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Keywords:

  • Colorado potato beetle;
  • environmental safety;
  • Leptinotarsa decemlineata;
  • Perillus bioculatus;
  • protease inhibitors;
  • stinkbug;
  • transgenic plants;
  • tritrophic interactions;
  • zoophytophagous hemipteran predator

Abstract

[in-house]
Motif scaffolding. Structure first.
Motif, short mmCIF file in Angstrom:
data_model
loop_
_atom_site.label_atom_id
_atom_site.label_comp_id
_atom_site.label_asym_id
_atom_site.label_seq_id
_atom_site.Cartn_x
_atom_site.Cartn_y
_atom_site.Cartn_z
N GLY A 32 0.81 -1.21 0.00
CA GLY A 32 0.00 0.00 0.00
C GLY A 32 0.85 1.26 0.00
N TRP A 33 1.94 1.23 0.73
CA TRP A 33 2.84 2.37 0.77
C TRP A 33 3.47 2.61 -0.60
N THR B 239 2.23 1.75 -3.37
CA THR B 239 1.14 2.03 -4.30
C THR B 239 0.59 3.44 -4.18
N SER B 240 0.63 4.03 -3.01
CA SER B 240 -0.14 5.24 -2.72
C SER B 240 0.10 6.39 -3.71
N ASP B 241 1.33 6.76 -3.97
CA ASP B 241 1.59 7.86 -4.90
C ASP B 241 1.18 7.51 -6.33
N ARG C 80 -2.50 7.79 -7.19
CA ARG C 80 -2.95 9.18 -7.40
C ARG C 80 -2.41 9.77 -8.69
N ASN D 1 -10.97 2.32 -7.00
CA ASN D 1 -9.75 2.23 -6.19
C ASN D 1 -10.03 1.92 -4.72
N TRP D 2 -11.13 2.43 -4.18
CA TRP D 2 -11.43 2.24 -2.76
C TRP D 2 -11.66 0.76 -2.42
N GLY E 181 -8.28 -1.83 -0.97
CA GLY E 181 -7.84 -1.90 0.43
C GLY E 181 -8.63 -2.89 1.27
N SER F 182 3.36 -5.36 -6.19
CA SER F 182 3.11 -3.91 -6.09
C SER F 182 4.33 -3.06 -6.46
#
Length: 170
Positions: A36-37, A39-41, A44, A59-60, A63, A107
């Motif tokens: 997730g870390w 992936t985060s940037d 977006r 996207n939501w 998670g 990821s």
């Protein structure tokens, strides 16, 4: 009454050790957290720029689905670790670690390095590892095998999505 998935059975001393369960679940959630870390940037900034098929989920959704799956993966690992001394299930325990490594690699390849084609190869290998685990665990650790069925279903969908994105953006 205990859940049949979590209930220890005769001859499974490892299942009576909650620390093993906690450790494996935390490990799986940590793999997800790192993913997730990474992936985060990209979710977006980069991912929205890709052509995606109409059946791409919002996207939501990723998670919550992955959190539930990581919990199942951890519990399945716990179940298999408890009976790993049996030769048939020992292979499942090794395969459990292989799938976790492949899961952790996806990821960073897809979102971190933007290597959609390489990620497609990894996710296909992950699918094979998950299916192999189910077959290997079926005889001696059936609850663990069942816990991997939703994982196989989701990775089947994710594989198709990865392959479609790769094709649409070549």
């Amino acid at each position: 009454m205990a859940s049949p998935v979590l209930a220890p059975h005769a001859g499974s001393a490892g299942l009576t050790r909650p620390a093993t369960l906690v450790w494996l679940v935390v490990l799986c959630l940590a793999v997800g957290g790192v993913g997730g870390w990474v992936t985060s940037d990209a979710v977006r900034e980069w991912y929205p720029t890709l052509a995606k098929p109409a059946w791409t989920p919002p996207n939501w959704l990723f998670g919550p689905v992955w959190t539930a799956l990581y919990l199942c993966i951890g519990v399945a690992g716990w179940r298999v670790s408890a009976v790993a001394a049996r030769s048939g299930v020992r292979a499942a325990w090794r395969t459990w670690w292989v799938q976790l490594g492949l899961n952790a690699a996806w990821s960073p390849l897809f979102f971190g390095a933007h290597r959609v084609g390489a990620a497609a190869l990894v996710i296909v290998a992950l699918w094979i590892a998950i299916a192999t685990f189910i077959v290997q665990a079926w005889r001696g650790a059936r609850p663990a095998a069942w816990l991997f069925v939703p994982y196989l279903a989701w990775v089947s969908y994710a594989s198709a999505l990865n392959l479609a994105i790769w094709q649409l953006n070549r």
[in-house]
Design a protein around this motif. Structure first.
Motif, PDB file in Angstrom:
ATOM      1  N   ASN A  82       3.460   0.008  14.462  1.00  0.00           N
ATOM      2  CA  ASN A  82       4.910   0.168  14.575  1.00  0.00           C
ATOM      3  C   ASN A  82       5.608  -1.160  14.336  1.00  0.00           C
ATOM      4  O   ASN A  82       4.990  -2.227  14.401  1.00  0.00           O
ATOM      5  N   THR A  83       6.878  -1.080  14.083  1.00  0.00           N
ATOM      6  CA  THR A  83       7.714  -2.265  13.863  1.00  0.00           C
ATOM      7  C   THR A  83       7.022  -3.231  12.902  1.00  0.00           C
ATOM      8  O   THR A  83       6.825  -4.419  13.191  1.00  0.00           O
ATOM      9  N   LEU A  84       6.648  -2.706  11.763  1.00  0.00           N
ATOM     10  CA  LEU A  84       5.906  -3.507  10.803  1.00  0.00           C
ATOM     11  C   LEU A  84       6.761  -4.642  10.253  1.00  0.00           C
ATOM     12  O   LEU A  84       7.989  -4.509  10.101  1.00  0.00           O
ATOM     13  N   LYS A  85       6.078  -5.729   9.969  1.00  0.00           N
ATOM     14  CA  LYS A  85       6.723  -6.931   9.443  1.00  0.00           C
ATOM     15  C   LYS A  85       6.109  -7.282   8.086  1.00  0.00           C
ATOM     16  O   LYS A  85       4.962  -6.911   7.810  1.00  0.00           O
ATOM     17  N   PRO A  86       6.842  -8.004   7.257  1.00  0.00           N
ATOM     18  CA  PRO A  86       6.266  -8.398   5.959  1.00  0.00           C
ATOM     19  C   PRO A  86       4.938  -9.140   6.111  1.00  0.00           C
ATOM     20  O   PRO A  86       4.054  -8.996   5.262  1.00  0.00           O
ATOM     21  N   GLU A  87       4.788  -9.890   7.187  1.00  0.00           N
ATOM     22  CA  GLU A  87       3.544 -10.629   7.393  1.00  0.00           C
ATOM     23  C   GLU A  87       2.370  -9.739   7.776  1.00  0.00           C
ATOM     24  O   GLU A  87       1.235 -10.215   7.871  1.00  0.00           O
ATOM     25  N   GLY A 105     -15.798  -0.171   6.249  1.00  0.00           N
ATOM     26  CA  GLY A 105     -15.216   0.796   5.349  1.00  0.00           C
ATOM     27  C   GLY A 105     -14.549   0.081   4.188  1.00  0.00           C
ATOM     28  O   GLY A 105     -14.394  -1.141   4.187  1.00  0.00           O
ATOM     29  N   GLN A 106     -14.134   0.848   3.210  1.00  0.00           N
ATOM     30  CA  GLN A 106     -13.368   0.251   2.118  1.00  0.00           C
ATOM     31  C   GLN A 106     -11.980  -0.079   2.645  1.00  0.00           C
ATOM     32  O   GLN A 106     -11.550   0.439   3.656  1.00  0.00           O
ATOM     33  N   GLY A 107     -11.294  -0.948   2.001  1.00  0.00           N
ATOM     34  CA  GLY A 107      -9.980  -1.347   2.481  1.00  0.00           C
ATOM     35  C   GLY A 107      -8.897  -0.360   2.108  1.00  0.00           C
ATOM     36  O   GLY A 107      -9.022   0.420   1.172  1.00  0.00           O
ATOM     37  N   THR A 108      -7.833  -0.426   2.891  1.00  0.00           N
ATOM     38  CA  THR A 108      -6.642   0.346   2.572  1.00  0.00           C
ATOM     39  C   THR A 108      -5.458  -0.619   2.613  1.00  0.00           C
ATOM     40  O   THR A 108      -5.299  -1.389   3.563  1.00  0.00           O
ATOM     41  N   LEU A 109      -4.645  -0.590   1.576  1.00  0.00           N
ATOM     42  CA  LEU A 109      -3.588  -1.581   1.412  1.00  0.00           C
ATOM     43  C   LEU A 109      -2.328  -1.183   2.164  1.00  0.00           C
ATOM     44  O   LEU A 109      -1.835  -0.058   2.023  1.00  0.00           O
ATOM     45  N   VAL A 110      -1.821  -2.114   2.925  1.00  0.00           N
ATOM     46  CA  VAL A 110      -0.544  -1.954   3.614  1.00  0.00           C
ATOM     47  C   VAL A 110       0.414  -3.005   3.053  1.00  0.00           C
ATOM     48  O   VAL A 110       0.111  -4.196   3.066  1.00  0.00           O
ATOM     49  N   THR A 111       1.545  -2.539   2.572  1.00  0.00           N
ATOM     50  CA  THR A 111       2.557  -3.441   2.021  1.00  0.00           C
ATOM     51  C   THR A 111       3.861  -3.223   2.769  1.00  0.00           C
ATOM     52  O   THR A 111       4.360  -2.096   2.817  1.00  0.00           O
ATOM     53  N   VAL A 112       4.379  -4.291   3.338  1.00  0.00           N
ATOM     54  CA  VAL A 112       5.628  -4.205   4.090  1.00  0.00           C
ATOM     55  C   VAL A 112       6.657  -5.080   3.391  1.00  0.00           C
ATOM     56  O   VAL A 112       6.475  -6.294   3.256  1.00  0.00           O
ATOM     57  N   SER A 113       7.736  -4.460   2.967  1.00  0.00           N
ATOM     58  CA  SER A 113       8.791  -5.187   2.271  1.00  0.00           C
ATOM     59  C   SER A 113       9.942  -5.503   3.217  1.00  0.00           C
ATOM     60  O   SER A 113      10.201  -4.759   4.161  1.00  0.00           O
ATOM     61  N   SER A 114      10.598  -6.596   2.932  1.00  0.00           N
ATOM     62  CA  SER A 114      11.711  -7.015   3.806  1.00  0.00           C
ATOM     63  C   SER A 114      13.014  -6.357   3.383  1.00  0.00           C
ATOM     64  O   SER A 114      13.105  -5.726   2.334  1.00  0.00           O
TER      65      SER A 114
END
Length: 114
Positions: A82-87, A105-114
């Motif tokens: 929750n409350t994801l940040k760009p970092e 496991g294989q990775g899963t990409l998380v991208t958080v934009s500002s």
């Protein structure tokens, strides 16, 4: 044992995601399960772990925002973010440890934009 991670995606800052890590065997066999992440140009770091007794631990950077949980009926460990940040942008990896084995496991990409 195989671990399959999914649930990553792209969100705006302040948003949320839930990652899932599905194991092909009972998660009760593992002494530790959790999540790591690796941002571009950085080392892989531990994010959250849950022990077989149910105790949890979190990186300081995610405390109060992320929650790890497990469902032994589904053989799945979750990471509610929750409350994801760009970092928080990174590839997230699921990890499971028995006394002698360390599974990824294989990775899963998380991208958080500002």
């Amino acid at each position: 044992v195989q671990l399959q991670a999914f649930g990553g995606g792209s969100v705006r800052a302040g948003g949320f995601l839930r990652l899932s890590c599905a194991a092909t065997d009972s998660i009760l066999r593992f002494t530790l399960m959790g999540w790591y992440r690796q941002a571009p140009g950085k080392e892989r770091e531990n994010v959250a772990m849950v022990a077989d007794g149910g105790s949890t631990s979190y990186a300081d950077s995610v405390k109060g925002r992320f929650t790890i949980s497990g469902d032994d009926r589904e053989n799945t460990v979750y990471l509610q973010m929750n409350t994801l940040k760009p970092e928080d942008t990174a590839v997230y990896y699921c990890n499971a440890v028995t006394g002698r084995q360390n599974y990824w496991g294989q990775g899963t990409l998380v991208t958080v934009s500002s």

Transgenic plants expressing resistance to herbivorous insects may represent a safe and sustainable pest control alternative if they do not interfere with the natural enemies of target pests. Here we examined interactions between oryzacystatin I (OCI), a proteinase inhibitor from rice genetically engineered into potato (Solanum tuberosum cv. Kennebec, line K52) to increase resistance to insect herbivory, and the insect predator Perillus bioculatus. This stinkbug is a relatively specialized predator of caterpillars and leaf-beetle larvae, and may also include plant sap in its predominantly carnivorous diet. One of its preferred prey is Colorado potato beetle (Leptinotarsa decemlineata), a major target of insect resistance development for potato field crops. Gelatin/sodium dodecyl sulphate-polyacrylamide gel electrophoresis (SDS-PAGE) confirmed that a major fraction of proteinase (gelatinase) activity in P. bioculatus extracts is OCI-sensitive. Among five gelatinolytic bands detected, the slowest-moving one (proteinase I) was inhibited strongly by purified OCI expressed in Escherichia coli or by OCI-transgenic potato extracts, while three other proteinases were partly sensitive to these treatments. There was also evidence of slight inhibition of proteinase I by untransformed potato foliage, suggesting the presence of a natural inhibitor related to OCI at low level in potato foliage. Interestingly, only about 50% of the maximum potential activity of proteinase I was recovered in extracts of P. bioculatus feeding on L. decemlineata larval prey on a diet of OCI-potato foliage, indicating that the predator was sensitive to OCI in the midgut of its prey. However, P. bioculatus on OCI-prey survived, grew and developed normally, indicating ability to compensate prey-mediated exposure to the OCI inhibitor. Confinement of P. bioculatus to potato foliage provided no evidence that potato plant-derived nutrition is a viable alternative to predation, restriction to potato foliage in fact being inferior to free water for short-term survival of nonfeeding first-instar larvae. These results support the view that OCI, an effective inhibitor of a substantial fraction of digestive enzymatic potential in P. bioculatus, should not interfere with its predation potential when expressed in potato plants fed to its prey at a maximum level of ∼0.8% of total soluble proteins in mature foliage.